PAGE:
By Sarah Jasem
The Paradise Papers are 13.4 million leaked documents spanning the period between 1950 to 2016, which reveal the extent to which the assets of corporations like Facebook, and wealthy public figures from the Queen to Harvey Weinstein, are held offshore where they can be unregulated and untaxed. Almost 7 million of these documents are related to a law firm called ‘Appleby’, filled with lawyers who specialise in registering trusts and companies in overseas jurisdictions with little to no tax rates such as the Cayman Islands, the British Virgin Islands, Bermuda and Mauritius. The leaks were passed on from German Newspaper Süddeutsche Zeitung to the International Consortium of Investigative Journalists, ICIJ. Similarly, in 2016, the same newspaper leaked 11 million documents to the ICIJ where the tax avoidance was orchestrated not be Appleby but by Mossack Fonseca, a law firm in Panama, hence the 2016 leak being marked, ‘The Panama Papers’. Continue reading “The Paradise Papers: Central to Society”
By Ovais Malik
In contemporary political discourse, doctrine and reality tend to be radically divorced from each other. We often hear from the New Right about the alleged glories of private enterprise; the wonders of the “free market”; and the incompetence of government intervention. When it comes to reality, however, sinister hypocrisies pervade this rhetoric. Continue reading “The New Right: Fictitious Yesterdays and Fabricated Tomorrows”
By Vladimir Ivlev
Peer through the lens of neoliberalism and you see more clearly how the political thinkers most admired by Thatcher and Reagan helped shape the ideal of society as a kind of universal market (and not, for example, a polis, a civil sphere or a kind of family) and of human beings as profit-and-loss calculators (and not bearers of grace, or of inalienable rights and duties).
– Stephen Metcalf, The Guardian Continue reading “Neoliberalism and Its Upheaval”
By Emma Temple
Broadly accepted connotations of Eastern Asia are likely but not limited to ideas of a technological hub, a catalyst for global progression not least on an economic level but also in terms of military and material power. There is not in political practice, however, an in depth understanding of the cultural nature of the area, and the roles that individual domestic cultures have in shaping foreign policy as well as global outlook. Continue reading “Opinion Piece – Ignorance Beyond the West: East Asia”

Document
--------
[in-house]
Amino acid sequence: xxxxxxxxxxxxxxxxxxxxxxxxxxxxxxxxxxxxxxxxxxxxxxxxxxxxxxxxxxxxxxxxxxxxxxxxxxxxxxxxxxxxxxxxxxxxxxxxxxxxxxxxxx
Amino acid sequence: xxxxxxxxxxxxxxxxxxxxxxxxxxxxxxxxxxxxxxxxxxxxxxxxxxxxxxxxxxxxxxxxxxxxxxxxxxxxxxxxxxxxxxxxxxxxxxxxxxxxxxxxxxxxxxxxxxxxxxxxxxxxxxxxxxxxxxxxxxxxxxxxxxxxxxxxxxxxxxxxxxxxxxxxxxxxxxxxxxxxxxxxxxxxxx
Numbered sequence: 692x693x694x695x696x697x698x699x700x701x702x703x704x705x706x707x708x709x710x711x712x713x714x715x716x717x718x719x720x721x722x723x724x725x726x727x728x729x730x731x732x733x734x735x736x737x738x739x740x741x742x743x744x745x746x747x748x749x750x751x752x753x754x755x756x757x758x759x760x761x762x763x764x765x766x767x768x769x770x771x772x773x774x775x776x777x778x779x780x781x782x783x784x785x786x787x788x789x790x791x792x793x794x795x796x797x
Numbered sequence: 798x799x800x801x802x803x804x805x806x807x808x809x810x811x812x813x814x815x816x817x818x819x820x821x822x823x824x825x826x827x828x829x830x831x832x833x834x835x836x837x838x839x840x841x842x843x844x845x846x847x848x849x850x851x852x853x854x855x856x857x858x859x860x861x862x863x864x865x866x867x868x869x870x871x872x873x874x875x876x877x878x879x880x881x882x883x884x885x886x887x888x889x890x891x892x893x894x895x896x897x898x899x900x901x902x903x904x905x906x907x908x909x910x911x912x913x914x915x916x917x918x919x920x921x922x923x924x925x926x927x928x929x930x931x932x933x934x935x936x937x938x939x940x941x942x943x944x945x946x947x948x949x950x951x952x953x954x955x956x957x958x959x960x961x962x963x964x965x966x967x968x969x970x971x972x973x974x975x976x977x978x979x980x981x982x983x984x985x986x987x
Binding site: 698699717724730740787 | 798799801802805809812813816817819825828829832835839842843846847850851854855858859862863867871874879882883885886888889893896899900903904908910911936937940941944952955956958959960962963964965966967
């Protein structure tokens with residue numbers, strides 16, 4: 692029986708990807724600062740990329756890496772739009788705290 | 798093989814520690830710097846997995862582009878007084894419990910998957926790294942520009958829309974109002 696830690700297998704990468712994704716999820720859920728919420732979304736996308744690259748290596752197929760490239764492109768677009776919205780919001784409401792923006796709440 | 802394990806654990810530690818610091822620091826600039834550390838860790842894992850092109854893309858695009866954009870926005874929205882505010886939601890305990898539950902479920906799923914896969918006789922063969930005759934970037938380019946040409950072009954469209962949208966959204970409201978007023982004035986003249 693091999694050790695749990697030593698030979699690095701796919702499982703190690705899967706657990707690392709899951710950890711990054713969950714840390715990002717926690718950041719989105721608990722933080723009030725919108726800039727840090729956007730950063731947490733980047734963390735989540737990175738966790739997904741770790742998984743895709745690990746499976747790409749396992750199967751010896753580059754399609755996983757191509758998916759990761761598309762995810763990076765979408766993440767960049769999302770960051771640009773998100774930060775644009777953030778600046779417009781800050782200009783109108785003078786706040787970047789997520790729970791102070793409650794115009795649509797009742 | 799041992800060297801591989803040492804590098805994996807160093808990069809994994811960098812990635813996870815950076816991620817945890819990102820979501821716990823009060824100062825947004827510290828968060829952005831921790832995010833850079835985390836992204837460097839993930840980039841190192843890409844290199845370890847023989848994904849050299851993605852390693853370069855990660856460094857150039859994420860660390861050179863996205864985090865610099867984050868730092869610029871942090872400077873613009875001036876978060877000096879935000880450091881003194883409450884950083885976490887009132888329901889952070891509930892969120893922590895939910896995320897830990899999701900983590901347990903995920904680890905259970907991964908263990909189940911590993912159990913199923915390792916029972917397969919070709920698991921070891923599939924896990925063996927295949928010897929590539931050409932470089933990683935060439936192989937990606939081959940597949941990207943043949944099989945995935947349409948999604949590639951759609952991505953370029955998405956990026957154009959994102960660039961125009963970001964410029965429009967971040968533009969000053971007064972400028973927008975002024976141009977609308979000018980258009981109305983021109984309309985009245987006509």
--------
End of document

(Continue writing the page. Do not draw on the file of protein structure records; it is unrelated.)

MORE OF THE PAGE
By Daniel Atherton
Comparing the demise of the European Union to the collapse of the Roman Empire.
“A rising power on the peripheries in the North East, an overreliance on imported labour, a faltering economy, the rise of an inhumane enemy from the Levant, overexpansion, political instability, corruption within constituent members, the loss/lack of a uniting identity, mass migration including refugee influxes, and the weakening of central authority.”
Evan Andrews, The History Channel
You’d be mistaken for presuming that the above text is describing the demise of the European Union. You’d be wrong – but forgivably so. Continue reading “The Fall of an Empire”
By Yuri Polyakov
Russia is certainly the closest and the most important partner of Belarus. They both share common cultural, economic and political ties. In fact, Belarus was the only country in the post-Soviet space who actively encouraged further integration of its political and economic system with Russia. Perhaps Alexander Lukashenko played a prominent role in fostering ties with Russia since he became President of the Republic of Belarus in 1994. However, his recent remarks about Russia and President Putin astonished the Russian political and business establishment.
Continue reading “Why Have Relations Between Russia And Belarus Deteriorated At The Beginning Of 2017”
By Malick Nythern Doucoure
11th May 2010 and 13th July 2016.
These two dates may be years apart, and there have certainly been plenty of political developments between them, but they both share one thing in common: both saw newly elected Conservative leaders make promises of fighting inequality and creating a Great Britain that works for Britons. Both leaders subsequently failed to deliver on their promises, with policies that only worked to further exacerbate the deep socio-economic differences this nation is struggling to fight through. Oh, and if you haven’t figured it out already, I’m talking about David Cameron and Theresa May. Continue reading “Inequality: Broken Promises”